Not nearly as depressing as the title might suggest, Wilbur is the story of two Glasgow book shop owners, Harbour (Adrian Rawlins) and his brother Wilbur (Jamie Sives). Wilbur is a habitual but unsuccessful suicide. Following a failed attempt shortly after the death of their father, Harbour persuades Wilbur to move in with him, where he can better protect him from himself. There, during another failed attempt, Wilbur is rescued by Alice (Shirley Henderson), a timid single mother who frequents the book shop to sell books she finds in her work as a hospital cleaner. A sweet, troubled love story follows, but it’s not the one you’d expect.
Although this isn’t a Dogme film like her previous feature, Italian For Beginners, director Lone Scherfig sticks to some of its tenets by showing the story in a simple, linear fashion, with a minimum of stylistic tricks, and a clear and honest focus on the characters. The cast are wholly believable, and never set a foot wrong. The screenplay is both uplifting and sad, and it finds quirky humour in the strangest of places. It made me laugh out loud, and it made me cry even after the film was over. It is just wonderful.
Ah, forget it. I was going to write about the quality of the animation, how the story cleverly draws on and extends themes from the superhero genre, the sharpness of the script, the utterly masterful direction, and voice work that probably deserves an Oscar all of its own… but it’s just too much. There are few films this year that can touch The Incredibles for its blockbuster combination of energy, emotion, action, and sheer fun. And diving beneath the surface splendour, it shows the kind of filmmaking skill, depth, and maturity that few films ever attain. It’s simply a great film.
This is the story of two mountain climbers, Joe Simpson and Simon Yates, who attempted an ascent of the West face of Siula Grande in Peru in 1985. It was a difficult climb, but they made it. It was on the way back down that their troubles really started.
Touching the Void is the documentary reconstruction of their climb and descent, based on Joe Simpson’s book. It uses actors in the reconstruction, but the narration is provided by Simpson and Yates themselves. Occasionally the film cuts to head shots of them talking, to emphasize the strength of their emotions as they remember the events.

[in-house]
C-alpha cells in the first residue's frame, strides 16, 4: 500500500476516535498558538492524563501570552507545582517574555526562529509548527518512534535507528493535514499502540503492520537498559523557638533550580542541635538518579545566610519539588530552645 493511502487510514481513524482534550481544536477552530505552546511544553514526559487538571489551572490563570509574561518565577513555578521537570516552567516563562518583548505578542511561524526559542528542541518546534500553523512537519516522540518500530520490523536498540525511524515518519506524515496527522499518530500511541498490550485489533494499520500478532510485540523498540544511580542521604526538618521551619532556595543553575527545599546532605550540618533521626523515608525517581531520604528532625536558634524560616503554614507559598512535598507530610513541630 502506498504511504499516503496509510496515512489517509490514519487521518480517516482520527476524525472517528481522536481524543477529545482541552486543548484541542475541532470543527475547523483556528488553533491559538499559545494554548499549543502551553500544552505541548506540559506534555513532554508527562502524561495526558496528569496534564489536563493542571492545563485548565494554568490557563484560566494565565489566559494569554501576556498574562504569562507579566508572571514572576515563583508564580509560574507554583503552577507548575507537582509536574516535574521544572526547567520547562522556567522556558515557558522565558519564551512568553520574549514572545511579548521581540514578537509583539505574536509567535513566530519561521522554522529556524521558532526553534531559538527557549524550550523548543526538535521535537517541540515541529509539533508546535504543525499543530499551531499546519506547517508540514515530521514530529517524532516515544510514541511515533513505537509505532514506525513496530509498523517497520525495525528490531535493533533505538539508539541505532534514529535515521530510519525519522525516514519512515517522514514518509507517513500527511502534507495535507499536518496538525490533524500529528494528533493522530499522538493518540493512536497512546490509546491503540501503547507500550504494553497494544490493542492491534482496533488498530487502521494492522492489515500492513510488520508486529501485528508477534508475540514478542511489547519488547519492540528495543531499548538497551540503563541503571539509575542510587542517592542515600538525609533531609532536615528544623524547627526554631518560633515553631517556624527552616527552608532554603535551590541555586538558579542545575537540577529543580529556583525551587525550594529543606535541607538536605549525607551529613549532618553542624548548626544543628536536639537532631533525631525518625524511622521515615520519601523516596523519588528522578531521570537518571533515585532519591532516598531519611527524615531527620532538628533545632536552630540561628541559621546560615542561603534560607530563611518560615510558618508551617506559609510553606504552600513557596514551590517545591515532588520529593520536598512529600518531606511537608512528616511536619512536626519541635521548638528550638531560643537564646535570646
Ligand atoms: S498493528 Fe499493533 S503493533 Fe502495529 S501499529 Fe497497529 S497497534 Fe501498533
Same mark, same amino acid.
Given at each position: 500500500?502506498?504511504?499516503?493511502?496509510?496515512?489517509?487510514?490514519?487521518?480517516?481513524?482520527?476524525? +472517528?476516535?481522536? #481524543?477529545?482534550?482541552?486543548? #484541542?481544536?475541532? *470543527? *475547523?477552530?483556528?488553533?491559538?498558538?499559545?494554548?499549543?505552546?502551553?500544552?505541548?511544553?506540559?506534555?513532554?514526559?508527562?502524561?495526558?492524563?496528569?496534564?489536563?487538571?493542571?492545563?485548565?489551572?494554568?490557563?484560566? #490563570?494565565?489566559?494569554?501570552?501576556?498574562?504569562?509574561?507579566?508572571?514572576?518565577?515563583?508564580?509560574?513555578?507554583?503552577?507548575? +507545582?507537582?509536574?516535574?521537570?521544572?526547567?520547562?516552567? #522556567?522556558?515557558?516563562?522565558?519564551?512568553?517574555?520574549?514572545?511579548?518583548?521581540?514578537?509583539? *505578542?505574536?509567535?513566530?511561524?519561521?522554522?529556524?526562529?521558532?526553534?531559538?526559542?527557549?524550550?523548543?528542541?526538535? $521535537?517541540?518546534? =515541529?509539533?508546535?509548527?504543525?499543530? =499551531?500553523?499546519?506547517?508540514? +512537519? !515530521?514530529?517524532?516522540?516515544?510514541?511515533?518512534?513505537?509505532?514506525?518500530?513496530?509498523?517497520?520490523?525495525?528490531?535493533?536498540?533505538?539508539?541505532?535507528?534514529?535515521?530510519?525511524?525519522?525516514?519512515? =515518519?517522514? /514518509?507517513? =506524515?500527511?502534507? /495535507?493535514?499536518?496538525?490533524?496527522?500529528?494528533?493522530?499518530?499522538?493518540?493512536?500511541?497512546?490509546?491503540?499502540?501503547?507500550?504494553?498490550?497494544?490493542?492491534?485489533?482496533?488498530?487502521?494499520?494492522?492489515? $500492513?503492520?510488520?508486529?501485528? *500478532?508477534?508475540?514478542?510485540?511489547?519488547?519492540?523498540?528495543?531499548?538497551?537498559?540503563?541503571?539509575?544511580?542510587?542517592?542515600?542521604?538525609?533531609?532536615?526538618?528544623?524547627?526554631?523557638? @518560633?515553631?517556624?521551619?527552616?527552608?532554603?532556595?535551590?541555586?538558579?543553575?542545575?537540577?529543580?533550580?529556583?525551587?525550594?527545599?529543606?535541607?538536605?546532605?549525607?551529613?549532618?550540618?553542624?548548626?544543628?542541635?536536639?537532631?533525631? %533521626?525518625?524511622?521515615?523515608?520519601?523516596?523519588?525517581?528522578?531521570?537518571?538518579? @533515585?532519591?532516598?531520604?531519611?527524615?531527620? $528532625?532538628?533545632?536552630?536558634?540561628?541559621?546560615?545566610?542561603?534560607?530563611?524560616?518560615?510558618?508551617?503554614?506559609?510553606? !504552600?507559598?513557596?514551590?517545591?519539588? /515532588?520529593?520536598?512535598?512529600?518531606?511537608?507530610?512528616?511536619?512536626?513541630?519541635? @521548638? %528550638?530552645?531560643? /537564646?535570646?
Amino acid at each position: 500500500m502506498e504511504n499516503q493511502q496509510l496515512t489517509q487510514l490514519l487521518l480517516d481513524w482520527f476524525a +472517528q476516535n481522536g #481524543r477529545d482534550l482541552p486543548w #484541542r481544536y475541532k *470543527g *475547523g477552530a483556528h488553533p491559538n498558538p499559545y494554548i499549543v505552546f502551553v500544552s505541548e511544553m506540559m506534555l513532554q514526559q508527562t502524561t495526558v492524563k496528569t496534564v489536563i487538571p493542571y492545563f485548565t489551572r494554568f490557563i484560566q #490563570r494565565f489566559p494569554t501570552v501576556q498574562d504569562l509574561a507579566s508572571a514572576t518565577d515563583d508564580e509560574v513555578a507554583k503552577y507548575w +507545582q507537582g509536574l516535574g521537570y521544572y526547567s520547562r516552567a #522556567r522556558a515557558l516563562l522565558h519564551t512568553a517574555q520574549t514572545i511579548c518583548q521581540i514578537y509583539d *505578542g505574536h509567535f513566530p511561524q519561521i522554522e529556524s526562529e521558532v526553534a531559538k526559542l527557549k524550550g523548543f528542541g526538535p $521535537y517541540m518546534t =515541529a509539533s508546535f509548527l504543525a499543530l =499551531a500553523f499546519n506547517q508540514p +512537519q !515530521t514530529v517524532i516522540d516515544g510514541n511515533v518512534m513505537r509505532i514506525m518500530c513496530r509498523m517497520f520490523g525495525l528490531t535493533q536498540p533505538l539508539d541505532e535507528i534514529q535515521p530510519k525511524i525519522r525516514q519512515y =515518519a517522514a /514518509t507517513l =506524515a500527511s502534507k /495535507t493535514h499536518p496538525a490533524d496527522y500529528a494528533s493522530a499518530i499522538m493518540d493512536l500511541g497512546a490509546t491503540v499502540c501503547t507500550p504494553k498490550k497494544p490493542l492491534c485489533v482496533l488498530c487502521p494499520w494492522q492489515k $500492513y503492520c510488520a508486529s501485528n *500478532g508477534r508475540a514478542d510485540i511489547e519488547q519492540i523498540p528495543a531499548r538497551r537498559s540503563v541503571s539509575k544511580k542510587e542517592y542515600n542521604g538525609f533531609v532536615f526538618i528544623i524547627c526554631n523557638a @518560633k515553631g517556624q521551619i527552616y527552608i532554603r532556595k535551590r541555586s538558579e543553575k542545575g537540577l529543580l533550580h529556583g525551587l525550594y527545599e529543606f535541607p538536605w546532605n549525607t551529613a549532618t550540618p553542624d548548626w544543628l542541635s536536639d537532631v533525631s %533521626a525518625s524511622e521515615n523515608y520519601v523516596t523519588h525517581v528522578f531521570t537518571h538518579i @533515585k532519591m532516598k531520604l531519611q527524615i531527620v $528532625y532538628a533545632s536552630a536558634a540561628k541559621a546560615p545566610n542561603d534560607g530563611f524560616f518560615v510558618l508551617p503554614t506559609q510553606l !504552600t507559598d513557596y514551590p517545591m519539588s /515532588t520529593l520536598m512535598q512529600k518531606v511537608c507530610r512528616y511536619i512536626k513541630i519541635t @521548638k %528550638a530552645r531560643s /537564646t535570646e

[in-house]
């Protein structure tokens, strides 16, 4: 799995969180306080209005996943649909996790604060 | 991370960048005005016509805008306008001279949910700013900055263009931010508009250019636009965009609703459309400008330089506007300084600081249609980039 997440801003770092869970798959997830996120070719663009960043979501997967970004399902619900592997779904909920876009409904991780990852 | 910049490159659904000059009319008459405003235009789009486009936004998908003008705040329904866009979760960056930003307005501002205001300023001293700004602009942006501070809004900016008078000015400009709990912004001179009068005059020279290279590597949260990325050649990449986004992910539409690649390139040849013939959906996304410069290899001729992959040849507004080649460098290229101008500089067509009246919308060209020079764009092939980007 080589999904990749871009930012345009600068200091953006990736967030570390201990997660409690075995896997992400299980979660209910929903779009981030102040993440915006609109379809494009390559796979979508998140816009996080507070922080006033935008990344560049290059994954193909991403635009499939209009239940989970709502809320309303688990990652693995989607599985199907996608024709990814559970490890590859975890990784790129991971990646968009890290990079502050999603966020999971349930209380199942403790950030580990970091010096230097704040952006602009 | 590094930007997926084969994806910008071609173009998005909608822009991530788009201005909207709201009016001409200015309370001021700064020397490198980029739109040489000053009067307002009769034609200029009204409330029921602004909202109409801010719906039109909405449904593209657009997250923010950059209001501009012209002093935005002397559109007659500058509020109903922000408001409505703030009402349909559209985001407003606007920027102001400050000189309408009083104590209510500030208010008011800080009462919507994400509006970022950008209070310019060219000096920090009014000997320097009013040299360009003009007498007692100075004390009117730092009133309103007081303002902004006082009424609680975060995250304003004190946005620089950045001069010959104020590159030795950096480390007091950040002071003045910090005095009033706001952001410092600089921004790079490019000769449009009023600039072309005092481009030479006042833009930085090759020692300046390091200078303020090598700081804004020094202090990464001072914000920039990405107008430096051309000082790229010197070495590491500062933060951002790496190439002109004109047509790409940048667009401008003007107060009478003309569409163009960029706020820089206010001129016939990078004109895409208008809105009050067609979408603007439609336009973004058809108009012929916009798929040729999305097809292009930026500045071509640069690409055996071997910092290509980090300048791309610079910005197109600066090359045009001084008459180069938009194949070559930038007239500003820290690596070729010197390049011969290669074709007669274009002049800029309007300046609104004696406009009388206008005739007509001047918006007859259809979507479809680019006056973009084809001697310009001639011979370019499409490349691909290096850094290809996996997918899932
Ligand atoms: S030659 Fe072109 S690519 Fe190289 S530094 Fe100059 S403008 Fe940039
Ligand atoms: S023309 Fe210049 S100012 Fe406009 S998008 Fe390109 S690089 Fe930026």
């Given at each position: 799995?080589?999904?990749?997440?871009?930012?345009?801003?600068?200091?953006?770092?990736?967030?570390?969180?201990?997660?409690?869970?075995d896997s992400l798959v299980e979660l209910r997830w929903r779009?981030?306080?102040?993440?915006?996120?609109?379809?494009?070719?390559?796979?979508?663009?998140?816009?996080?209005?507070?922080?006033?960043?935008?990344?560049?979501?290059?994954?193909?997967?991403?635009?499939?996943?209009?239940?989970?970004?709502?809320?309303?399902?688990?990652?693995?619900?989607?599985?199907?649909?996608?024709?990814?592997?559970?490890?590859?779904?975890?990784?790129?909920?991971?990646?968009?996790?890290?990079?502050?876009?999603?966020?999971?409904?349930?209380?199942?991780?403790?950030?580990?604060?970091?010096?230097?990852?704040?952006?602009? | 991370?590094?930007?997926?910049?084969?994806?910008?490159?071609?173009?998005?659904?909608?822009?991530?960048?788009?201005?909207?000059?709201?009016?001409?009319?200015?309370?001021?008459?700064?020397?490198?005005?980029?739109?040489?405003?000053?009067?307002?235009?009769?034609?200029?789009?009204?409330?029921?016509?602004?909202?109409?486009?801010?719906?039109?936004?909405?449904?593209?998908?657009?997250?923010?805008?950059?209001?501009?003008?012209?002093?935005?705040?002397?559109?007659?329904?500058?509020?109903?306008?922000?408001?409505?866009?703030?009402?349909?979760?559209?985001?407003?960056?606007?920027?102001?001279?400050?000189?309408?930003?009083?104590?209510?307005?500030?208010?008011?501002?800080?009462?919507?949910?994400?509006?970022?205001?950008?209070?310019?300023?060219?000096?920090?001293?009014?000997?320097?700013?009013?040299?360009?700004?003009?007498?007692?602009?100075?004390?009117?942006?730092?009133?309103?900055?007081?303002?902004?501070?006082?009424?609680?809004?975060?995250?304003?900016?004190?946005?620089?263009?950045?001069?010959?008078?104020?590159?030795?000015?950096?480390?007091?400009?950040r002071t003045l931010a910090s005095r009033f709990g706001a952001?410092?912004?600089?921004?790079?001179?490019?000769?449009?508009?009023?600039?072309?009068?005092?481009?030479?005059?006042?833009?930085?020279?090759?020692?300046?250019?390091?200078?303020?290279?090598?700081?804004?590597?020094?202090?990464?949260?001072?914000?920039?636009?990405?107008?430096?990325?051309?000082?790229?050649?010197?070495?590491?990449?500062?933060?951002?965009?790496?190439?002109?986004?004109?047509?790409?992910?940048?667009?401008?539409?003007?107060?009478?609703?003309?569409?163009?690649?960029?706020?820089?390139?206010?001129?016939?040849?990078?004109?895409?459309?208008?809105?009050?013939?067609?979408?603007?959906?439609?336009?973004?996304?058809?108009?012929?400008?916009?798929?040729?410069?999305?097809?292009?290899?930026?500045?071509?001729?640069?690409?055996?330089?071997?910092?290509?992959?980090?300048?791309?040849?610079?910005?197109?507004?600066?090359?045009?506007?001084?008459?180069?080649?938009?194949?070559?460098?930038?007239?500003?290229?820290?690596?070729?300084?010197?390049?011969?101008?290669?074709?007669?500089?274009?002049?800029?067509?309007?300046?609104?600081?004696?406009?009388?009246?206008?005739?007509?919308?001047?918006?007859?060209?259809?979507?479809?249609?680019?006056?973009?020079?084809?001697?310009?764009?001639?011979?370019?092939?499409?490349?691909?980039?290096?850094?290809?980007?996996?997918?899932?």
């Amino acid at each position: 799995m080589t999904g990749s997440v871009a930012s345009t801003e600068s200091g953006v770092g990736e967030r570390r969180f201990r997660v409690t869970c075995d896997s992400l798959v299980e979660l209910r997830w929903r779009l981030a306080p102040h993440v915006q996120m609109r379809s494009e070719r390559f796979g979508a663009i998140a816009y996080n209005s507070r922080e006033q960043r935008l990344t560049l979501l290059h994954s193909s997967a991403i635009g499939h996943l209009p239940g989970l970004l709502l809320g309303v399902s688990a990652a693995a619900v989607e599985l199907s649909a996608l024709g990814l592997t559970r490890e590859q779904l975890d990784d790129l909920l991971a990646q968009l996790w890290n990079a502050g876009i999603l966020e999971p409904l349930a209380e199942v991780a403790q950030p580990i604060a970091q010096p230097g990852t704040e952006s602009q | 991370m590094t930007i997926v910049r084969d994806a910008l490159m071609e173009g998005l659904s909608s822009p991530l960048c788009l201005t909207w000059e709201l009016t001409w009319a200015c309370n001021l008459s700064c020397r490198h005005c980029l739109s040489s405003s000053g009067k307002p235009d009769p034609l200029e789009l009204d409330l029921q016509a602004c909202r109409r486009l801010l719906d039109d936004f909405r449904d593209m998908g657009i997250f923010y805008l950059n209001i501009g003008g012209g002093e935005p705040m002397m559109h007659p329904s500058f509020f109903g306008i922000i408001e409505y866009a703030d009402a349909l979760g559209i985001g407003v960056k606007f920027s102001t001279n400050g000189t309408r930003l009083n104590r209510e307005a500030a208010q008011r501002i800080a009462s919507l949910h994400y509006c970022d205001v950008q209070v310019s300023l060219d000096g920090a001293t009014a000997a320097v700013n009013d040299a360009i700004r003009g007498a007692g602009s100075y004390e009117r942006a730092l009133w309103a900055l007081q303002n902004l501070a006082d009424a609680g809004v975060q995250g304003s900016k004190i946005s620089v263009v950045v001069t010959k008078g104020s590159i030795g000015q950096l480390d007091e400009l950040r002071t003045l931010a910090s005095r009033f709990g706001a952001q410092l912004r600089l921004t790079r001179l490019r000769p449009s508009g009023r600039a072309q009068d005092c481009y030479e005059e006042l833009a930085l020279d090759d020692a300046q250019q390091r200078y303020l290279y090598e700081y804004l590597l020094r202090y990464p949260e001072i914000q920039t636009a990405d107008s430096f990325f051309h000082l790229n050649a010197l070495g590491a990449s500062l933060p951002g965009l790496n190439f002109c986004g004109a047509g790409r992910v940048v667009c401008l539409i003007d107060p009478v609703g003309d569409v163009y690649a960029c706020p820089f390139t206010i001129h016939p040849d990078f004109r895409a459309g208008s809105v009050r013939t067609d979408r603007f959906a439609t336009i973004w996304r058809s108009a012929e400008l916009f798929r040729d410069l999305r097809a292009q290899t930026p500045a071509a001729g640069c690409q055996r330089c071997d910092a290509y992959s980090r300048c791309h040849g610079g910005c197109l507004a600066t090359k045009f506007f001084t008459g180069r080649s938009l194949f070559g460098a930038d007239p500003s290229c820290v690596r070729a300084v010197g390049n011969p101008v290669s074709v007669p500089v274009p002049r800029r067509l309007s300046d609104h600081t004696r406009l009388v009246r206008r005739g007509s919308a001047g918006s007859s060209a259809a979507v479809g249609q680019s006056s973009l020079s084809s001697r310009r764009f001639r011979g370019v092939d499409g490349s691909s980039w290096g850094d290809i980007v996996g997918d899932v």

It’s a stunning story, and an extraordinary film. The beautiful cinematography and constrasts starkly with the loneliness, terror, and pain they faced on the mountain. Simpson’s emotional journey to the brink of madness and despair–and beyond–is stripped of heroism and the sentimentality it can inspire, and instead portrayed with naked honesty. It’s intense, harrowing, touched with humour, and gives whole new meaning to the word “gripping”. A must-see.
Without a doubt the best film I’ve seen so far this year. Sweet, sad, touching, clever, romantic, and funny. Jim Carrey harnesses all his comic talents to give a performance that is all the more powerful for its restraint. Kate Winslet is dippy, off-beat, and real. The script is quirky, insightful, and overwhelmingly postive in a melancholy kind of way. It is also the best science fiction film I’ve seen in…well, a long time. Not in the spaceships-and-aliens sense–it is set in the here and now–but simply in the way it explores themes of a scientific and philosophical nature through their impact on the everyday lives of ordinary people. A definite must-see.
How can this film not put a smile on your face? It’s a classic mix of pirates, sword fights, cursed treasure, and a love story. Pirate films, like Westerns, seem to belong to a bygone age of Hollywood film making. We’ll never see them back in full force, but precisely because of their absence, Pirates of the Caribbean is a unique breath of fresh air, touched with nostalgia and spiced with grand adventure. Johnny Depp throws his whole heart into the utterly over-the-top Captain Jack Sparrow; Orlando Bloom does the honest young man battling to save the girl he loves; and Geoffrey Rush is the wicked Captain Barbossa, doomed to a life of undead misery until he finds the last piece of Aztec Gold. Every set piece is big and bold, filled with explosive action. All the pirate stereotypes and clichés are present and accounted for, but brushed down and jazzed up for (post) modern times. A rollickin’ good romp, poppet. Yarrr!